Re: Display or appear (read the dictionary!)

Subject: Re: Display or appear (read the dictionary!)
From: Elna Tymes <Etymes -at- LTS -dot- com>
To: "TECHWR-L" <techwr-l -at- lists -dot- raycomm -dot- com>
Date: Fri, 05 Oct 2001 13:20:56 -0700

> Steven Brown wrote:
>
> >That fact, however, does not relieve us of
> > our responsibility to protect the English language.
> >
> > When faced with a choice like this, and assuming
> > readers will understand either choice, we are
> > obligated to use the grammatically correct choice.

And Bruce Byfield responded:

> These comments beg a lot of questions:
>
> -why are we responsible? English is spoken and used by more people than
> writers. The handful of writers who are famous may be able to influence
> the course of the language, but I seriously doubt that a manual that I
> write will have much more influence than a conversation on a bus.

I question whether you really mean that. When I or someone from my company
does something for another company, I am putting my professional reputation on
the line, as well as the client company's reputation once the product reaches
publication. While there may be some readers who don't flinch at misuse of
"display" or "appear," there are probably more who learned proper grammar one
way or another and perhaps unconsciously think less of the company for allowing
consistent grammatical errors in their material. I'm not willing to deliver
such a product to a client.

> -what are we protecting the English language from? So far as I can see,
> from natural change that tends to work itself out without our help. Nor
> is this the only approach writers can have. Thomas Hardy, for example,
> complained in his old age that when he looked up word usages, many of
> the examples cited were from his early works. Obviously, he didn't feel
> any need to regard English as a finished product.

There is no question that English is NOT a static language. For an
enlightening account of how people who make dictionaries decide what's proper
and what's not, check out "The Professor and the Madman" by Simon Winchester, a
delightful quick read that was given me by one of the more erudite members of
this list, Martyn Perry. Dictionary makes use hundreds, if not thousands, of
reporters with specific usages of words and then pass the judgments past a
panel of usage experts. One of the dictionaries I use is the 1992 American
Heritage Dictionary of the English language, picked solely because it happened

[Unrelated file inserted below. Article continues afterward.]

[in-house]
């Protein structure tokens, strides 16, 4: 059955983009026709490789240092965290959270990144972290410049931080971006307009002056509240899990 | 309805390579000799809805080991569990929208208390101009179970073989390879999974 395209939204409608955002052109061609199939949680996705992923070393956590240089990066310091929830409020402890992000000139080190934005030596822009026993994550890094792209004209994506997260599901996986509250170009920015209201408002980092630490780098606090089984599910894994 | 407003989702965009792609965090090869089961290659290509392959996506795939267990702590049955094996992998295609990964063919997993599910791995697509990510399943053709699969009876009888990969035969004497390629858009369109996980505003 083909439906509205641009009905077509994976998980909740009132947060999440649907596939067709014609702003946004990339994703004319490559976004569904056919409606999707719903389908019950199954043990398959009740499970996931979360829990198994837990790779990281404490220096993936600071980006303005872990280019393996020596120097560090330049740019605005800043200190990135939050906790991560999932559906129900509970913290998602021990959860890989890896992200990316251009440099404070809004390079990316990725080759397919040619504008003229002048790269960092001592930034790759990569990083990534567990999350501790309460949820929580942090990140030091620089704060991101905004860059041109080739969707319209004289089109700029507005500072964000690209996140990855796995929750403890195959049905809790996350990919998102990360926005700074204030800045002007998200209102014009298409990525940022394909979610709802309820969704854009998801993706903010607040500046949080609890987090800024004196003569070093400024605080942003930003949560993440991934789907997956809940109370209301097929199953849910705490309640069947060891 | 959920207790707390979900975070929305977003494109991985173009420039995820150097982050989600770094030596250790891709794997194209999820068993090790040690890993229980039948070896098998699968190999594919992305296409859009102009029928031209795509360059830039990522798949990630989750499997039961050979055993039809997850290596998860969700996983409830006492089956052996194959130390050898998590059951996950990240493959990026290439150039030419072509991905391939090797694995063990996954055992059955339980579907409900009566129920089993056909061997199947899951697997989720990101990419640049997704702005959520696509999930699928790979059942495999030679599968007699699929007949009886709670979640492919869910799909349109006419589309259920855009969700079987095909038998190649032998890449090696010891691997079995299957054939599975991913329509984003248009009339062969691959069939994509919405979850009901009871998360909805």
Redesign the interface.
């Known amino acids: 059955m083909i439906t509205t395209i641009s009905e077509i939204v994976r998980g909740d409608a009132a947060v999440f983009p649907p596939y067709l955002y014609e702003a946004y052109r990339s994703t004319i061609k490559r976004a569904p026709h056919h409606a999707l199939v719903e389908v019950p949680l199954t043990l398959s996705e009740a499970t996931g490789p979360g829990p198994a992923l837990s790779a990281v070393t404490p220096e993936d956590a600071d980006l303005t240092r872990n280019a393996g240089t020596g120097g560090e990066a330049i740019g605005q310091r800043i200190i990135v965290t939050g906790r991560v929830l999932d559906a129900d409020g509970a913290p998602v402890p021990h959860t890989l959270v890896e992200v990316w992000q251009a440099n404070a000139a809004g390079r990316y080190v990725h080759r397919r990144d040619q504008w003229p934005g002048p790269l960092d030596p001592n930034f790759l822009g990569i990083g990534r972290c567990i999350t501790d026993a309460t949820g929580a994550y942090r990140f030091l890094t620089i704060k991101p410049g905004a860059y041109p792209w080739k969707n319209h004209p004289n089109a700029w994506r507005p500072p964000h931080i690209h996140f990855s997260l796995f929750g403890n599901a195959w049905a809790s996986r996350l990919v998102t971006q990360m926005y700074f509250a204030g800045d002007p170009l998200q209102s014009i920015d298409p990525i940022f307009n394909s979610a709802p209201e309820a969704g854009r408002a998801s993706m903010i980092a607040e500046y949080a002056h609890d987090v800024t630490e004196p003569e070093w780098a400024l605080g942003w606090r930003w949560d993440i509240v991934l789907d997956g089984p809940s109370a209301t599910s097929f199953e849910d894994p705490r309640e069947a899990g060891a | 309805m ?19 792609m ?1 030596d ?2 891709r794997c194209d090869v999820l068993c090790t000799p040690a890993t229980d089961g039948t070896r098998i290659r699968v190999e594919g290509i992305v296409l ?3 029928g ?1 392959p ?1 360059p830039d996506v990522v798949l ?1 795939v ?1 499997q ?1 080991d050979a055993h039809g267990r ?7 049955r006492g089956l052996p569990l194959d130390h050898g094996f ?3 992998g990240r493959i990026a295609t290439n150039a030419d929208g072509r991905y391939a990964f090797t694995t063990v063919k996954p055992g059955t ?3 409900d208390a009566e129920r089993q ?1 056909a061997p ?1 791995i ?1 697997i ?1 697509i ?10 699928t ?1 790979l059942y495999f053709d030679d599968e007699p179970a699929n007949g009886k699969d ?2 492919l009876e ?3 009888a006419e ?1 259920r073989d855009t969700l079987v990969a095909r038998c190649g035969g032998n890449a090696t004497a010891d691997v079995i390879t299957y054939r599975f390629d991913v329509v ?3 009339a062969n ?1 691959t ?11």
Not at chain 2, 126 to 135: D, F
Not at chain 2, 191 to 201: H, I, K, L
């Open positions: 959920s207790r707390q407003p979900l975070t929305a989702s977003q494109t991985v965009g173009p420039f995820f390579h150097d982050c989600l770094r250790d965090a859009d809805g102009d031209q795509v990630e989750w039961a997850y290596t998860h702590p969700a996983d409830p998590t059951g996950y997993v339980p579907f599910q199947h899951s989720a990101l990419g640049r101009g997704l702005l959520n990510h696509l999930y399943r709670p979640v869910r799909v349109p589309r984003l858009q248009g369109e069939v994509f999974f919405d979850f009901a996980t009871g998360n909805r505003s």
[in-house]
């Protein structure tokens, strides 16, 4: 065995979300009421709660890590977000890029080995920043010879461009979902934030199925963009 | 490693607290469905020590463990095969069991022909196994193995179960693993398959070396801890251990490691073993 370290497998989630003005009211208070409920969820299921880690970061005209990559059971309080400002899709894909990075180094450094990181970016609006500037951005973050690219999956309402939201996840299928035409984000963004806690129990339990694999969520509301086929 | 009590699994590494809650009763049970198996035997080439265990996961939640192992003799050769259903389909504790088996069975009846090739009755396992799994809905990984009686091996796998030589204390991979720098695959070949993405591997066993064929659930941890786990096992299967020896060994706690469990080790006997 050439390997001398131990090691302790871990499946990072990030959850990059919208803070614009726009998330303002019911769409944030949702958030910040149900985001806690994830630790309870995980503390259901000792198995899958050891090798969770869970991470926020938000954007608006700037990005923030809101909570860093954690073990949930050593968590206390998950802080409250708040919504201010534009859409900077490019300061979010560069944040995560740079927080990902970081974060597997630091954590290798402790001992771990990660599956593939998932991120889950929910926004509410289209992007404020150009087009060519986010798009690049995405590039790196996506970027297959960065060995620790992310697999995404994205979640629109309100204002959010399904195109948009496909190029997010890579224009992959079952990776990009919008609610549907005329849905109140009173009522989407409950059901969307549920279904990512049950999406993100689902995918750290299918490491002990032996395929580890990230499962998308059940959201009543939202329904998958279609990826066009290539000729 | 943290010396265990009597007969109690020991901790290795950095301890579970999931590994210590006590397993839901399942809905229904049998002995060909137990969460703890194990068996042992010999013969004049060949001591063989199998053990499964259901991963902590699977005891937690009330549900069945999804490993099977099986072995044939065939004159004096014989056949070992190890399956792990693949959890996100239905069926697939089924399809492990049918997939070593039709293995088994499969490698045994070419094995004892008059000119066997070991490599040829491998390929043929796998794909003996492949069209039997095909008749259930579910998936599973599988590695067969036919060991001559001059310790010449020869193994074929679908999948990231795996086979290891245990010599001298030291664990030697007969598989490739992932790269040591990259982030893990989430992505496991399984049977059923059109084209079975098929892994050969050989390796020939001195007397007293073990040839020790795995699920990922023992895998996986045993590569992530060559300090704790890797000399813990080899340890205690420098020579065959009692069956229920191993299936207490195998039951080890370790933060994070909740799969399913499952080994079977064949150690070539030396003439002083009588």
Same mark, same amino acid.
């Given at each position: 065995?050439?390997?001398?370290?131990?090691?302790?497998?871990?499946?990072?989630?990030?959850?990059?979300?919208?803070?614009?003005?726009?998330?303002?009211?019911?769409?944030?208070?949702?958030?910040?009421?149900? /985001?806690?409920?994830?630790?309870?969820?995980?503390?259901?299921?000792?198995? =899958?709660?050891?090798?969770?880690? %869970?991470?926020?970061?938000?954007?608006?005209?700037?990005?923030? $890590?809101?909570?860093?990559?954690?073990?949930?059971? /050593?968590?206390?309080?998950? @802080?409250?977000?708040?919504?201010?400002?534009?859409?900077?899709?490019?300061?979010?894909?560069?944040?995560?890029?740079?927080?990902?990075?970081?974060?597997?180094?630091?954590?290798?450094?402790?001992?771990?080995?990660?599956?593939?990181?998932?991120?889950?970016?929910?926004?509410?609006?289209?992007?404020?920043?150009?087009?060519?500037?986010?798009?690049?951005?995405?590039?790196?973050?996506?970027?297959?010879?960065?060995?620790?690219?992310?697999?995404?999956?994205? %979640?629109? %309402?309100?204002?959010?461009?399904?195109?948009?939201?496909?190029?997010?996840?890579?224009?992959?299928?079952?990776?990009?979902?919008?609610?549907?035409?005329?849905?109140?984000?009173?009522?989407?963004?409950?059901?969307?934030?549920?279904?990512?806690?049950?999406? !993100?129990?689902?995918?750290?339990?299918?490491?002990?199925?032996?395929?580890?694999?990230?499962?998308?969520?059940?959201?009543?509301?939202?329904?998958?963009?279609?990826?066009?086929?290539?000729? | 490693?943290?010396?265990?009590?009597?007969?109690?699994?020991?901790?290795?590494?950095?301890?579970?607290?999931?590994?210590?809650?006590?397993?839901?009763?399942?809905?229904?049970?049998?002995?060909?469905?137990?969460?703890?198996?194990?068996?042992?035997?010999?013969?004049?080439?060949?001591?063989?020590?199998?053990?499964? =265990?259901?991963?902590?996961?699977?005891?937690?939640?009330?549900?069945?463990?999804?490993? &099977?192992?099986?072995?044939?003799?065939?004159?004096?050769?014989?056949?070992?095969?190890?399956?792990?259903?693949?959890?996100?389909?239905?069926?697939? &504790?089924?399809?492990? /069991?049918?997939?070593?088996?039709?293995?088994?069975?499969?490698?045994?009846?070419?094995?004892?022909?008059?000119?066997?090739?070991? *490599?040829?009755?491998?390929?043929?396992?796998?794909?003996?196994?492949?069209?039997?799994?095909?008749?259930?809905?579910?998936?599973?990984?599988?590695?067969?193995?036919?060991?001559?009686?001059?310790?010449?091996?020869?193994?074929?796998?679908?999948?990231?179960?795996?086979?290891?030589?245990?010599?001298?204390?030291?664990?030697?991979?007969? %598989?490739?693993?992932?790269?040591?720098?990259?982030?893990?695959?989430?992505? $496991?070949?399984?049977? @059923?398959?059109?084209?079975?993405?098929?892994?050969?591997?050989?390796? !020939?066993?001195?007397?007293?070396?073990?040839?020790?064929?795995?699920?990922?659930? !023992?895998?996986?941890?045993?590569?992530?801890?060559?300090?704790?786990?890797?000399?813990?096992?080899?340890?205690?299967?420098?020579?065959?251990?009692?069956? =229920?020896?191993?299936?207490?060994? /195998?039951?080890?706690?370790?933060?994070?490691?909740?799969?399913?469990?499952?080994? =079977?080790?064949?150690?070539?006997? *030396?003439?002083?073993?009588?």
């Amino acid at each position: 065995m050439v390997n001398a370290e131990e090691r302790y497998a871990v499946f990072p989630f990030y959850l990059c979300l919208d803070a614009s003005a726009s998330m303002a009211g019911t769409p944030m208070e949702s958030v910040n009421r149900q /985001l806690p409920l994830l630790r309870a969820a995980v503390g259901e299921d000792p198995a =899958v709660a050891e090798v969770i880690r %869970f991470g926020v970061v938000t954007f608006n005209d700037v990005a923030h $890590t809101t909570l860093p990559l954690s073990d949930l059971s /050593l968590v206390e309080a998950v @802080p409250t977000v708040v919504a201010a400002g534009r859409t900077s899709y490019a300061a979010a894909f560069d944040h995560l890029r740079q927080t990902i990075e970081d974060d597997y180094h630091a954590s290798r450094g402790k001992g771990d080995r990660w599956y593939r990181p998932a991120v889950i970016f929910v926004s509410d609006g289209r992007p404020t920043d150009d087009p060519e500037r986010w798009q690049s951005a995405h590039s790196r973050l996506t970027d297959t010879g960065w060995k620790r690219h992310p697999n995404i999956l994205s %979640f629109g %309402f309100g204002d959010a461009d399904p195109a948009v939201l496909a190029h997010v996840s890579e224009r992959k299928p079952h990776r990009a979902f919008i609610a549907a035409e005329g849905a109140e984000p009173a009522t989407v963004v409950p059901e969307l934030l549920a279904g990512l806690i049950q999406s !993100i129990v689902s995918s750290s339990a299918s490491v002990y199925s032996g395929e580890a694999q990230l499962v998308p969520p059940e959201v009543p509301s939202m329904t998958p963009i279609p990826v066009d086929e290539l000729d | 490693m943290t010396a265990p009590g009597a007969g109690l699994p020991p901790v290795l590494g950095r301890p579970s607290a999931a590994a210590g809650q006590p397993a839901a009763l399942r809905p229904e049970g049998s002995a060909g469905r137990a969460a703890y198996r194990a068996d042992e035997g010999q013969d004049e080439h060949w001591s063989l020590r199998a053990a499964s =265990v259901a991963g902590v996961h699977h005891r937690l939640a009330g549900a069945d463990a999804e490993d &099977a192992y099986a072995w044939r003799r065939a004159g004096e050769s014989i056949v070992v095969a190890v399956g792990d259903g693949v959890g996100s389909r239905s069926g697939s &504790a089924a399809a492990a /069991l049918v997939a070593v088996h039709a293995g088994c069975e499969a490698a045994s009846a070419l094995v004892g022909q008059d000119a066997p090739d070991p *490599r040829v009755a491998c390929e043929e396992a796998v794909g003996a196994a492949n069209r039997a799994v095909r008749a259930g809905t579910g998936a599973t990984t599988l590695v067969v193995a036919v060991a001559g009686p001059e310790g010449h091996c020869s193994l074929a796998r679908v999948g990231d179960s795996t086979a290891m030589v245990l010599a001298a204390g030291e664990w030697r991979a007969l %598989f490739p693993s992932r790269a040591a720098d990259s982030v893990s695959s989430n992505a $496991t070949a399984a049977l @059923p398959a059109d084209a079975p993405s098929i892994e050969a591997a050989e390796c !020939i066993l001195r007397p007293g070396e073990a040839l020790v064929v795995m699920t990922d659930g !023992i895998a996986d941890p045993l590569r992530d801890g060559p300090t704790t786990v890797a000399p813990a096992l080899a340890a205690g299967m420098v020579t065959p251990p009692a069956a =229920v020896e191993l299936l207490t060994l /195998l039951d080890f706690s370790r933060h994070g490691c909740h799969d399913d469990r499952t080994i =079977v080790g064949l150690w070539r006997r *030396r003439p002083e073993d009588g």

to be at the top of the pile. Its Usage Panel is comprised of some173 authors
and language experts, and I recognized about 2/3 of the names: editor emeritus
Edwin Newman, Elie Abel, Shana Alexander, Cleveland Amory, Roger Angell, Isaac
Asimov, James Atlas, Margaret Atwood, Louis Auchincloss, John Bainbridge,
Letitia Baldridge, Jacques Barzun, Alton Blakeslee, Roy Blount Jr., Julian
Bond, Daniel Boorstin, Barbara Taylor Bradford, former Senator Bill Bradley,
Heywood Hale Brown, William F. Buckley Jr., etc., etc. You may want to quibble
with the qualifications of these folks to rule on what's proper usage and
what's not, but I won't.

> -why are we obliged? I am obligated to my employer or publisher to write
> something that they find acceptable, and I am obligated to my
> self-respect to write as well as I can under the constraints I work
> under. I don't recognize any other obligation. I certainly don't feel
> any obligation to a set of imposed standards that are often arbitrary
> and unsuitable, and that reflect a set of principles that are now over
> two centuries out of date.

Just so you know, new editions of dictionaries come out regularly, and are
updated whenever they do. The process of deciding what gets in and what
doesn't is usually spelled out in the front of the dictionary and actually
makes for an interesting read. I suspect you'd change your mind about English
standards being "out of date" if you read one of those introductions.

To give you an example, the word "alright" sometimes makes it into print. That
doesn't make it acceptable. Here's what my American Heritage dictionary says
about that: "'All right', usually pronounced as if it were a single word,
probably should have followed the same orthographic development as 'already'
and 'altogether.' But despite its use by a number of reputable authors, the
spelling 'alright' has never been accepted as a standard variant, and the
writer who choose to risk that spelling had best be confident that readers will
acknowledge it as a token of willful unconventionality rather than as a mark of
ignorance."

Elna Tymes
Los Trancos Systems


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Follow-Ups:

References:
RE: Display or appear (Was: Can "either" be used ... ): From: Steven Brown
Re: Display or appear (Was: Can "either" be used ... ): From: Bruce Byfield

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